POINT SPREAD: It started at Louisville (-5.5) and is down to Louisville (-4) in some places.


1. Stephen Van Treese and Kentucky’s board work: Louisville does not have a big front line. Kentucky’s front line is as big and athletic as many NBA teams. Van Treese doesn’t need to be dominant, but he absolutely must have an impact on this game, especially on the glass. Louisville is 264th nationally in defensive rebounding percentage. Kentucky is second in offensive rebounding percentage. That’s a major, major concern.

In fact, I’d go as far as to say that the winner will likely be determined by whether or not Louisville gets more points off of turnovers than Kentucky gets off of second chance points.

2. Three-point shooting: Louisville is known for playing a lot of zone while Kentucky has made a 2-3 zone a priority late in the season. Who can take advantage of the looks they good over the zone? Kentucky shoots 32.7% from three. Louisville shoots 37.0%.

3. Which Russ Smith shows up?: Russ was a first-team all-american this season, and rightfully so. But he shot 6-for-19 from the floor and committed 13 turnovers in the first two games of the tournament while collecting just two steals. Those numbers simply won’t cut it.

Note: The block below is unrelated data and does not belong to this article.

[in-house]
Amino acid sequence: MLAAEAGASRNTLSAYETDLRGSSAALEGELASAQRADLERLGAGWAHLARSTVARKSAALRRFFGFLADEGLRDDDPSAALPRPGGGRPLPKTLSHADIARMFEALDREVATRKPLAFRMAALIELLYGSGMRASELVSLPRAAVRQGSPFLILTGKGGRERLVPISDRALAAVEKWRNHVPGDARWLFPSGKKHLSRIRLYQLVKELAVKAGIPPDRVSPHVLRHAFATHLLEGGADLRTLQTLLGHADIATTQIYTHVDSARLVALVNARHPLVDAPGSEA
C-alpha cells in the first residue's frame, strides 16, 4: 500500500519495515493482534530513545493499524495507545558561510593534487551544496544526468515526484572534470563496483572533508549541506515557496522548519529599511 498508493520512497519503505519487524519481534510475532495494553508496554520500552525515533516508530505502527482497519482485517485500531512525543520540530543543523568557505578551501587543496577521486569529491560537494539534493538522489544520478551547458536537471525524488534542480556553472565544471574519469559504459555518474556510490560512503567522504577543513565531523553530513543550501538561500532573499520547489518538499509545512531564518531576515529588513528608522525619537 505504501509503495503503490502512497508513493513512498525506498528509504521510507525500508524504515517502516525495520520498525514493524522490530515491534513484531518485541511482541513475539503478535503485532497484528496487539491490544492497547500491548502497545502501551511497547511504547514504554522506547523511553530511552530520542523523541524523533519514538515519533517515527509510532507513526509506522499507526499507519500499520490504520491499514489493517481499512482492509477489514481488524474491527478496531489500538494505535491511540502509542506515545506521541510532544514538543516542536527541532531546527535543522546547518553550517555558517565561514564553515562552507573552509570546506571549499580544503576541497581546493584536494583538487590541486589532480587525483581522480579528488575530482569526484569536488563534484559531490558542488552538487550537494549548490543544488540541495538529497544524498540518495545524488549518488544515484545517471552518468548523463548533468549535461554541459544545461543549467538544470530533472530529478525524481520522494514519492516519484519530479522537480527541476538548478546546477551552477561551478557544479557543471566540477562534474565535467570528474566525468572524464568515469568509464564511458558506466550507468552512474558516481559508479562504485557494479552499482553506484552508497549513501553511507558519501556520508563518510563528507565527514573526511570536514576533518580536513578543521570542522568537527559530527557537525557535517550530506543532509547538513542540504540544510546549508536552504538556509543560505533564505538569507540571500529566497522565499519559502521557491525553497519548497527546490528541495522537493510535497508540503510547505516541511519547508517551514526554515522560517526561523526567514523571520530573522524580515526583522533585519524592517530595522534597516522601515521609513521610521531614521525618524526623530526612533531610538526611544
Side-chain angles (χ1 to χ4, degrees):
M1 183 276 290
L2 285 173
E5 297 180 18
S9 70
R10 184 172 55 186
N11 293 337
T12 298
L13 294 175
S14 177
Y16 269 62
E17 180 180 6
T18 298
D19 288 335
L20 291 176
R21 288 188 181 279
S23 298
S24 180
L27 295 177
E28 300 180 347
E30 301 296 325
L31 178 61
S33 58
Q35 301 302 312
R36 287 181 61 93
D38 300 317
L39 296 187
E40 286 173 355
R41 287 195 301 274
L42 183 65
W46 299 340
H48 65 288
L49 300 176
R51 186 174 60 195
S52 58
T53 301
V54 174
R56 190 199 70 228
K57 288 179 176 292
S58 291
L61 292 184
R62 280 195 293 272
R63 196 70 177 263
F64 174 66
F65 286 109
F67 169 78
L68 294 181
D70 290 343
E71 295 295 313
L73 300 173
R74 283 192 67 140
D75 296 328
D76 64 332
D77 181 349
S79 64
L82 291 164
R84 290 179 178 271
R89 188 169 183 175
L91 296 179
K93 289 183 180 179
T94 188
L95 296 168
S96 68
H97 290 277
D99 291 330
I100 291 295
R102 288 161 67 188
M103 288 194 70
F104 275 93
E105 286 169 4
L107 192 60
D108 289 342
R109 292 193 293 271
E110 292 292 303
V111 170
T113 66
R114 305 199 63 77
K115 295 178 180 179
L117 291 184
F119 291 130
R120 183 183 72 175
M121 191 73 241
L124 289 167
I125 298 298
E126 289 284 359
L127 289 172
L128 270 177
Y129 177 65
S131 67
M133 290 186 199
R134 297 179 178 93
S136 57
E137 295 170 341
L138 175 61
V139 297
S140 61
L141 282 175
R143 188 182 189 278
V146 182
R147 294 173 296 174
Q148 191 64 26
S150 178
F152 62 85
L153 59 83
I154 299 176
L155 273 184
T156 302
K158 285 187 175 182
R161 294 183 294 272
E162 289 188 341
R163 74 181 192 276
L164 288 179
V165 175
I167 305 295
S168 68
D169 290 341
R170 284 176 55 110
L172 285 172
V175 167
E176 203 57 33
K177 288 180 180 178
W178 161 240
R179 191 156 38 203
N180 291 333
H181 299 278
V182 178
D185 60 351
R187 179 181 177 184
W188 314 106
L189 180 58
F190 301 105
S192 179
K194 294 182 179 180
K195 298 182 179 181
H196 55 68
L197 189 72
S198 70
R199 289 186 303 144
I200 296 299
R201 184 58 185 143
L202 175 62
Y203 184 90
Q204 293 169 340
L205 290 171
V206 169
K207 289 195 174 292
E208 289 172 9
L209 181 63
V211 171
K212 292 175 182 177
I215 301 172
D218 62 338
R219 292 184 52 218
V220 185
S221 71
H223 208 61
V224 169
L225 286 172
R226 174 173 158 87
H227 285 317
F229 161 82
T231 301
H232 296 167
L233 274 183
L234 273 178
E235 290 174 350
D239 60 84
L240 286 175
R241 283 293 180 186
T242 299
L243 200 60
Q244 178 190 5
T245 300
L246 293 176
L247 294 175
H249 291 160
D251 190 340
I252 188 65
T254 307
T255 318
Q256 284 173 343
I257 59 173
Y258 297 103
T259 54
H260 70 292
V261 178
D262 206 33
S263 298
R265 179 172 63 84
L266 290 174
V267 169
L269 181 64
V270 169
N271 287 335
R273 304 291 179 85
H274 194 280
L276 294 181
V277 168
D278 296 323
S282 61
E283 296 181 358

Syracuse receives mixed news on sanctions appeals

Jim Boeheim
Associated Press
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Wednesday the NCAA made its ruling on two appeals of sanctions made by Syracuse University, with the news being mixed for the men’s basketball program.

On the positive side the NCAA ruled that Syracuse will be docked two scholarships per season for the next four years, as opposed to the original ruling of three. As a result Jim Boeheim’s program only has to account for the loss of eight total scholarships, meaning that they’ll have 11 to fill in each of the next four seasons as opposed to ten.

One scholarship may not seem like a big deal, but in a sport where you only get 13 (when not dealing with sanctions) getting that grant-in-aid back really helps from a recruiting standpoint.